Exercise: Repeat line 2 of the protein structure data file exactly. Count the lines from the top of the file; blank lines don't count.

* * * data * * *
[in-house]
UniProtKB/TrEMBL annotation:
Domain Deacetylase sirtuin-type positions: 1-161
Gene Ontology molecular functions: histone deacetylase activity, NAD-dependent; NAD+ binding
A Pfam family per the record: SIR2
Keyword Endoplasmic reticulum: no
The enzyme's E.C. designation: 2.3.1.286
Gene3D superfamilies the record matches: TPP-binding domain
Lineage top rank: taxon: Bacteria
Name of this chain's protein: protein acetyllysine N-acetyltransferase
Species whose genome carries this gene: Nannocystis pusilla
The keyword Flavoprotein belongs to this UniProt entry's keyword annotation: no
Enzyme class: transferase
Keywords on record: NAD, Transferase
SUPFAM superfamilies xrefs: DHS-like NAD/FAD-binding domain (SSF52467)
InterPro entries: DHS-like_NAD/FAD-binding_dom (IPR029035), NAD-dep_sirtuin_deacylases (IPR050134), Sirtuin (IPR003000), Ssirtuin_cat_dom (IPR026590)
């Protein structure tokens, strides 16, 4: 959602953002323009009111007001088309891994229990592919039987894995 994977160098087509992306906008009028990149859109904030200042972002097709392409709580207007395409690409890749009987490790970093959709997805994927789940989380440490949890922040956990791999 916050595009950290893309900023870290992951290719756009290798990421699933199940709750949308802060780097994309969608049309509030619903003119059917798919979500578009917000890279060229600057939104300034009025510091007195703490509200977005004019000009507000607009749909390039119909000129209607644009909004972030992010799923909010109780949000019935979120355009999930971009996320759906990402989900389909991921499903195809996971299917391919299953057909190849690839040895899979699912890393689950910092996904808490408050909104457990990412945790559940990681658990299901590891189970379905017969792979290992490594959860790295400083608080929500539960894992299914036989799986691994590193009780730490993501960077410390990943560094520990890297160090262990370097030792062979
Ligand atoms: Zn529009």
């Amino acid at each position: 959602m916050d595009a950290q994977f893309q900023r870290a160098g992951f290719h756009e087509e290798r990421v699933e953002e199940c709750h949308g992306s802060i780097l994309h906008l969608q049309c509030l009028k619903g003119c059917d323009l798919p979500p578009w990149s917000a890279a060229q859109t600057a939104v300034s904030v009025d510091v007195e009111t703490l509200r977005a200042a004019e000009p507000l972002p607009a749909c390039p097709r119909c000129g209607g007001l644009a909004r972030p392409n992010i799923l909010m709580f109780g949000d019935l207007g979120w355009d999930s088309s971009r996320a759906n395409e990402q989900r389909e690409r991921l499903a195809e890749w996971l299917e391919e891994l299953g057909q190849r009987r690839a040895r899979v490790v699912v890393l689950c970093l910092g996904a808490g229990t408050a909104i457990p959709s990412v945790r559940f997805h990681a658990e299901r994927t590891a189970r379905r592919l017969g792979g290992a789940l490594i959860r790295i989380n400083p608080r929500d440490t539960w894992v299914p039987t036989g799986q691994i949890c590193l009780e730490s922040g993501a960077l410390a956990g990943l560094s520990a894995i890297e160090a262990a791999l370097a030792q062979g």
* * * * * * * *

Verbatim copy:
UniProtKB/TrEMBL annotation: